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Judge cites John Oliver bit in legal opinion

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John Oliver has influenced the opinions of many Last Week Tonight viewers. But apparently he’s influencing legal decisions as well, as ninth circuit judge Marsha S. Berzon recently cited the show as part of her r opinion in the case of Paeste v. Guam. The case alleged the Guamanian government had withheld tax refunds in order to deal with a budget crisis, and then paid them back in an unregulated manner that put the poorest citizens at a low priority. In her ruling, Berzon agreed that the government of Guam was at fault.

But rulings about U.S. territories like Guam are always tricky; though residents are U.S. citizens, they are denied full constitutional rights based on a racist “Insular Cases” ruling from 1901. The ruling claims the residents of these territories are “alien races” who can’t understand “Anglo-Saxon principles” and therefore don’t deserve full rights.


So, in a footnote Judge Berzon added:

Because the Taxpayers relied on this statutory equal protection guarantee, we express no view as to the direct applicability of constitutional equal protection….We do note, however, that the so-called “Insular Cases,” which established a less-than-complete application of the Constitution in some U.S. territories, has been the subject of extensive judicial, academic, and popular criticism. See, e.g., Juan Torruella, The Insular Cases: The Establishment of a Regime of Political Apartheid, 77 Rev. Jur. U.P.R. 1 (2008); Last Week Tonight with John Oliver: U.S. Territories, Youtube (Mar. 8, 2015), https://www.youtube.com/watch?v=CesHr99ezWE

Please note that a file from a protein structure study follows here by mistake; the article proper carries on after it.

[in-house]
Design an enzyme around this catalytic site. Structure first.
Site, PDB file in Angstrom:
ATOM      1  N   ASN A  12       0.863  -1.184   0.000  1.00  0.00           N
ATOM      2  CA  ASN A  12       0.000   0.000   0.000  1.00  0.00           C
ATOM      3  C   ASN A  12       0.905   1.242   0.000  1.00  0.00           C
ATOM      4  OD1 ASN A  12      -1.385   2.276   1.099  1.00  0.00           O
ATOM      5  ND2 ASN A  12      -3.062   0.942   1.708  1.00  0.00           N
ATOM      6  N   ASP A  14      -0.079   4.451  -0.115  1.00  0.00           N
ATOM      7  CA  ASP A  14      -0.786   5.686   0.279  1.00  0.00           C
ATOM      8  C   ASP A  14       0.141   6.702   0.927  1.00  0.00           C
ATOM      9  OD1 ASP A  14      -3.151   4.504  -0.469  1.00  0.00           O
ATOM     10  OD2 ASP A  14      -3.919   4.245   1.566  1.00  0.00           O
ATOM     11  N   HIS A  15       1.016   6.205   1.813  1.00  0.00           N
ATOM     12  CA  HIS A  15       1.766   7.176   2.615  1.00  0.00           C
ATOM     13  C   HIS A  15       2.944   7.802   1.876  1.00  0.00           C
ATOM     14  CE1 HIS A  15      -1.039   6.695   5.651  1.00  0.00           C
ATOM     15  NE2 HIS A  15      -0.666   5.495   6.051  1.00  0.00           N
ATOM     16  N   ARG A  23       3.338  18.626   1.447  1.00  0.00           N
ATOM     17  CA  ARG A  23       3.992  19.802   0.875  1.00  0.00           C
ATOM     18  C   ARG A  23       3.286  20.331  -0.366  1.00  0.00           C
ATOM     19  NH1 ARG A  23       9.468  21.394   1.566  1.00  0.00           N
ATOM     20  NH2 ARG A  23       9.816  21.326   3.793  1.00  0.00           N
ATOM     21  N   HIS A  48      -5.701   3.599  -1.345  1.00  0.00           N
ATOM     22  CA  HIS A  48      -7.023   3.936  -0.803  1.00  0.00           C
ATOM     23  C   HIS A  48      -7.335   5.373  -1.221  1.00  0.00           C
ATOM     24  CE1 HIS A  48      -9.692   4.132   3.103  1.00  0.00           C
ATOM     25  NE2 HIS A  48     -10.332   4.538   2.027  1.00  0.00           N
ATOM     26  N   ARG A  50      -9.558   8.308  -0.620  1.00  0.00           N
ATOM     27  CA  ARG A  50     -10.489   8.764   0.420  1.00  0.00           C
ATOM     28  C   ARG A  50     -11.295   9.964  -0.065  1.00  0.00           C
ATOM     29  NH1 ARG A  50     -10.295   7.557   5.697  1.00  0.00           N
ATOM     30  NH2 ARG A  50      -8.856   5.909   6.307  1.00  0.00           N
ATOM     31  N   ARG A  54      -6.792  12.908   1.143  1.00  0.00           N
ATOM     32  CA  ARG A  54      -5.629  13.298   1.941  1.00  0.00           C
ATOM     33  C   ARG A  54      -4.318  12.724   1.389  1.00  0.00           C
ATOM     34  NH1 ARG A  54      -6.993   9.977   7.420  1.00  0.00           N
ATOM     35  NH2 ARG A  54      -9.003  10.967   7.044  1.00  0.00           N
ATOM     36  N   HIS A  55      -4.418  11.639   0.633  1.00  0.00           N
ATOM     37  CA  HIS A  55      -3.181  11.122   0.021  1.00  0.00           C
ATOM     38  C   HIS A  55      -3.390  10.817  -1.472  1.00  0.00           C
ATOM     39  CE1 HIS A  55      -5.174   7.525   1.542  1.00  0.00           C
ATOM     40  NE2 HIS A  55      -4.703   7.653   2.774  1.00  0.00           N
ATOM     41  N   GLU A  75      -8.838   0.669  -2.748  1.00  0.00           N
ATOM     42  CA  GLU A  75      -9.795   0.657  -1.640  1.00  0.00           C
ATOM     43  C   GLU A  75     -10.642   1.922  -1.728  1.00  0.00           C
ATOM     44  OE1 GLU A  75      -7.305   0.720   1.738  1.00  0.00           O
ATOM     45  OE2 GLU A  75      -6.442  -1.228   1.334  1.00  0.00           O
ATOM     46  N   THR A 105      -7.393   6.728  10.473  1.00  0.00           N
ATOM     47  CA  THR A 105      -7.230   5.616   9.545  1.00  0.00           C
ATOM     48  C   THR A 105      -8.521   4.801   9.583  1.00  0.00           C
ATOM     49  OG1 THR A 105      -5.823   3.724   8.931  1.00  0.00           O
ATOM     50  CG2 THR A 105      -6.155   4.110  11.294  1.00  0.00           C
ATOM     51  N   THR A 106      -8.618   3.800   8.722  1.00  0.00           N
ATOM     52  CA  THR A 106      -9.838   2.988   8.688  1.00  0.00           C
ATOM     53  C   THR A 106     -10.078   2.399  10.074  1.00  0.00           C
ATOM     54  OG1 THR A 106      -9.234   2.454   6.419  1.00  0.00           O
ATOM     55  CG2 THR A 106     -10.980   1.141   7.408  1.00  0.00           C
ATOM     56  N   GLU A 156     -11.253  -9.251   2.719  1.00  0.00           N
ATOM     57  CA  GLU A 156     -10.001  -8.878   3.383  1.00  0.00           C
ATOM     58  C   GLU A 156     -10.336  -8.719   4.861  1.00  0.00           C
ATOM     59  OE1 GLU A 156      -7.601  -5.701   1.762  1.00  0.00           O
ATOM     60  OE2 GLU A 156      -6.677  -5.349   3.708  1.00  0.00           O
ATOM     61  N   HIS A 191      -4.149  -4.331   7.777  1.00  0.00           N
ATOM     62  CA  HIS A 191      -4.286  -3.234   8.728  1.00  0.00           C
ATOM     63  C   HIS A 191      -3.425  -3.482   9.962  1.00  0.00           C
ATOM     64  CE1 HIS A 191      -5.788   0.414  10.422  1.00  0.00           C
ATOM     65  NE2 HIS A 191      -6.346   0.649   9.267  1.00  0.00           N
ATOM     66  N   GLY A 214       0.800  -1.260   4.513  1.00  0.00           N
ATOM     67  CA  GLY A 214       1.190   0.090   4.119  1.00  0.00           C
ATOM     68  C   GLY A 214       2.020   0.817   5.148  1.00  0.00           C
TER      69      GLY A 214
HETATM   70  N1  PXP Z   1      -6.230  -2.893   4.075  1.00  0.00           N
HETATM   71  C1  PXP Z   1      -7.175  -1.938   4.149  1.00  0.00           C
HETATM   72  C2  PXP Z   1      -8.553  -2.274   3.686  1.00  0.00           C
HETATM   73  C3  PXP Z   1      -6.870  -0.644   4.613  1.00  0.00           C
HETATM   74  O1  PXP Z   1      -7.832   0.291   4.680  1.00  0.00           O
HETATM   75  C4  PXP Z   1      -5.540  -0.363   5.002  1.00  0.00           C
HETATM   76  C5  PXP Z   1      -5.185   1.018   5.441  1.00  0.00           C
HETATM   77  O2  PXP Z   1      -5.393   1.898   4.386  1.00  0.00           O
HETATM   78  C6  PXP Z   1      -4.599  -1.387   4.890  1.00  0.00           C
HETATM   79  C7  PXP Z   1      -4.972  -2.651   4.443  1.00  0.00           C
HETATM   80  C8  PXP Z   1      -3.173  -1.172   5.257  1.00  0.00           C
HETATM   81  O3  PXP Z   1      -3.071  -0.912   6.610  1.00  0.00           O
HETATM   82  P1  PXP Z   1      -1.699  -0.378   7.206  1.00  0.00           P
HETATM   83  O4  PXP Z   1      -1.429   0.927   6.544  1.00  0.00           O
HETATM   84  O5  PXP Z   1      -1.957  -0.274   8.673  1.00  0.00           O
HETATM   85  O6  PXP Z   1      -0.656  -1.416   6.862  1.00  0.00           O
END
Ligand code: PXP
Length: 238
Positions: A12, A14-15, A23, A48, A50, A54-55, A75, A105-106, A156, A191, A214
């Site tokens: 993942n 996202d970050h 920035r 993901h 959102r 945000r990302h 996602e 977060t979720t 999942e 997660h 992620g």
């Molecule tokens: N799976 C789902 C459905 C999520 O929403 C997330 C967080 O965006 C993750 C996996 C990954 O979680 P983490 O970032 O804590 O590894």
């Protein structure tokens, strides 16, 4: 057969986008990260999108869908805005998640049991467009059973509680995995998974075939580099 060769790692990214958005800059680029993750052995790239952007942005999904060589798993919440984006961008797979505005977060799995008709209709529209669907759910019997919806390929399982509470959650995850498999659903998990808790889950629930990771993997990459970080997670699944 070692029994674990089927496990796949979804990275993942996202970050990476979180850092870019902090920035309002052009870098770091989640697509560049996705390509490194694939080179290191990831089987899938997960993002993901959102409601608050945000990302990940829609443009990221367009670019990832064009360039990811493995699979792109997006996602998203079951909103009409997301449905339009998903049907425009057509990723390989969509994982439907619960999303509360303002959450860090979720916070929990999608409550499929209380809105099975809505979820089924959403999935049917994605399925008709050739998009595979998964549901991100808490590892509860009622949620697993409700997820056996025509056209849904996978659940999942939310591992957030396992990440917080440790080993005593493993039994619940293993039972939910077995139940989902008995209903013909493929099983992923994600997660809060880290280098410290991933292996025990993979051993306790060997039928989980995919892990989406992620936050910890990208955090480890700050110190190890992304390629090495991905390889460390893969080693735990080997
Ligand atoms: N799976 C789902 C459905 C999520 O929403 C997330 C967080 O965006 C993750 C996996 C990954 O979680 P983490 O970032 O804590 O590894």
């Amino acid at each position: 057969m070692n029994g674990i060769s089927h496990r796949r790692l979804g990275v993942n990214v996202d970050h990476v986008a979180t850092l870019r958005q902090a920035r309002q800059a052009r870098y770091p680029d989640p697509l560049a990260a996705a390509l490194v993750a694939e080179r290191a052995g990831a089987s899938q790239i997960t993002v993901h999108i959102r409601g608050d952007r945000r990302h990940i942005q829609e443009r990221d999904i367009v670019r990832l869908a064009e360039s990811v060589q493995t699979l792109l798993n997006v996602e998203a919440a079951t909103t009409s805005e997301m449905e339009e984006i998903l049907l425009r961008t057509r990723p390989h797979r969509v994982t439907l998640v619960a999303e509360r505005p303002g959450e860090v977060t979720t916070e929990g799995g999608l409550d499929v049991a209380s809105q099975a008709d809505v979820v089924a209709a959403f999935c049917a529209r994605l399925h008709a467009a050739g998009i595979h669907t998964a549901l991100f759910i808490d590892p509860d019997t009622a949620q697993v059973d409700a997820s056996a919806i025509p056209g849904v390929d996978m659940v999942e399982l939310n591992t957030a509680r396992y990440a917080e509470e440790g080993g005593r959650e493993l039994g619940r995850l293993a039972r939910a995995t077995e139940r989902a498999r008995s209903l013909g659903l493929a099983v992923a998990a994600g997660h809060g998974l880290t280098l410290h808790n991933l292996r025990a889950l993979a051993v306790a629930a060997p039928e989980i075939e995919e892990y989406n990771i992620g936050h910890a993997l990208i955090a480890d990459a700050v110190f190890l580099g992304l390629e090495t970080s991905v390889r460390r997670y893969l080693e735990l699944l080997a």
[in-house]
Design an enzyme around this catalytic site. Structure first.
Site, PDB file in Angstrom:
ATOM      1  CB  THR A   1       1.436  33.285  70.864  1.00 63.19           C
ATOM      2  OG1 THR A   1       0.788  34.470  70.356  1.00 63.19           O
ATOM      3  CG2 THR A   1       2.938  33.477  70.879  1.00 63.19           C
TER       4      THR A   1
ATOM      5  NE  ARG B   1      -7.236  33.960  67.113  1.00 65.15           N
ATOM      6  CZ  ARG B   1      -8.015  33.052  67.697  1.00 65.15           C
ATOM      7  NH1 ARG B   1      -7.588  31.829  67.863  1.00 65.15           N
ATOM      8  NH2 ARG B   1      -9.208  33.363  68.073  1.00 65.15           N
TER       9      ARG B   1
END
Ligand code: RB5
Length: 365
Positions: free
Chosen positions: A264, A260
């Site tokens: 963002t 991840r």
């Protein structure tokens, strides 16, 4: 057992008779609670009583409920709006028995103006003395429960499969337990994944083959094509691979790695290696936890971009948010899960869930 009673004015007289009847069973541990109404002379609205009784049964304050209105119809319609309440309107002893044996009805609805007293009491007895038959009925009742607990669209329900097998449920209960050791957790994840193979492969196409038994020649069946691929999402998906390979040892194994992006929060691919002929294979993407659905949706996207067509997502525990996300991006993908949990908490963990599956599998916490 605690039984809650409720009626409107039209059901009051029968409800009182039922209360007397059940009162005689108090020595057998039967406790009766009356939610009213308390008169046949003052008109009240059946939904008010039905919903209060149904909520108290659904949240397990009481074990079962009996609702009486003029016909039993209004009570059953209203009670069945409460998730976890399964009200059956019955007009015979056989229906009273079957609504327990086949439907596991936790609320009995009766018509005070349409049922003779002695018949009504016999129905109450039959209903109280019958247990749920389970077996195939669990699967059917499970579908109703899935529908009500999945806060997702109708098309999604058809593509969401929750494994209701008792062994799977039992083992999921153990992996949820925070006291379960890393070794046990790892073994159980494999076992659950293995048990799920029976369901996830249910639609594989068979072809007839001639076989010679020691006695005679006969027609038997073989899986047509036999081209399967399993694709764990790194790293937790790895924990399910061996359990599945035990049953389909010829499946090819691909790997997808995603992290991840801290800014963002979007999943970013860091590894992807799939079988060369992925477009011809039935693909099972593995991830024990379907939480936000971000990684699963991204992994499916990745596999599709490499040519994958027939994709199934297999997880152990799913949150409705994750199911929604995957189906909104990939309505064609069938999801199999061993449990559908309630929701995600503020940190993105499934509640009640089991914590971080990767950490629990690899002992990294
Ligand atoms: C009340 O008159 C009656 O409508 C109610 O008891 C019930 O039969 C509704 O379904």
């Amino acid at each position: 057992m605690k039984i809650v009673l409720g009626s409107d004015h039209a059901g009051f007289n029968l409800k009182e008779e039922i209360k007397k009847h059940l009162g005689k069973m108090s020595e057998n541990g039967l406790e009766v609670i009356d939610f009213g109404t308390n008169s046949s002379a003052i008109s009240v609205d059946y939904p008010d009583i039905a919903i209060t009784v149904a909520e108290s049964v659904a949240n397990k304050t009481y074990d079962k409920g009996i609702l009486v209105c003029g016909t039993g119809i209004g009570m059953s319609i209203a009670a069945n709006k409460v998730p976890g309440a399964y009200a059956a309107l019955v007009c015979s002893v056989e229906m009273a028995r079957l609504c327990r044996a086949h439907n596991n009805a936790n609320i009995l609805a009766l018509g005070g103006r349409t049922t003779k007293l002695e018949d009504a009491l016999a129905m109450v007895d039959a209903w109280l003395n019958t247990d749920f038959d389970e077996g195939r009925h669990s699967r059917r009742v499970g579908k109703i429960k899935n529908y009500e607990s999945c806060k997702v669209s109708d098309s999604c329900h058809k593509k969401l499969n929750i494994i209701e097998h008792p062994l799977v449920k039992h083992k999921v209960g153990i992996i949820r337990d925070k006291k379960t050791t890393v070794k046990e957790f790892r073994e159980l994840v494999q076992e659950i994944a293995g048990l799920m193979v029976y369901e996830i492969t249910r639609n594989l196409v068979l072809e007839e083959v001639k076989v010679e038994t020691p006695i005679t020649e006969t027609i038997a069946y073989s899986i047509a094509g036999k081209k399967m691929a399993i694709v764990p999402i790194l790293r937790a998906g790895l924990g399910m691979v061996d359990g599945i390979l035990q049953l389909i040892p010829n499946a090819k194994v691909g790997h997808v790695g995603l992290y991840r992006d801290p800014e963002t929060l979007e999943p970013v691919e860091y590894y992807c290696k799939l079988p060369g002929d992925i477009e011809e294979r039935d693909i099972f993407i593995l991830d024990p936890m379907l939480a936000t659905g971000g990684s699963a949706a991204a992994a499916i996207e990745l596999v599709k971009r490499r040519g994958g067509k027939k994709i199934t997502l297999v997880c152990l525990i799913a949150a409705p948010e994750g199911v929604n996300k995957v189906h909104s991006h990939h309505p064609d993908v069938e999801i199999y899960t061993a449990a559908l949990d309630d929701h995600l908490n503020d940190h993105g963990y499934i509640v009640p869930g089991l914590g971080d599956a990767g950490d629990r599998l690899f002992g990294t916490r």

Berzon is acknowledging that although her case didn’t deal with constitutional equality directly, these “Insular Cases” have become a source of national debate. After all, residents of Guam, Puerto Rico, and American Samoa serve in the U.S. Army at a remarkably high rate, yet are unable to vote in Presidential elections, send fully empowered delegates to Congress, or—in the case of American Samoa—even be considered full U.S. citizens. She cites Oliver as one example of “popular criticism” against this inequality. And Oliver does seem to have a knack for making these complicated legal injustices easy to understand:

[h/t Above The Law]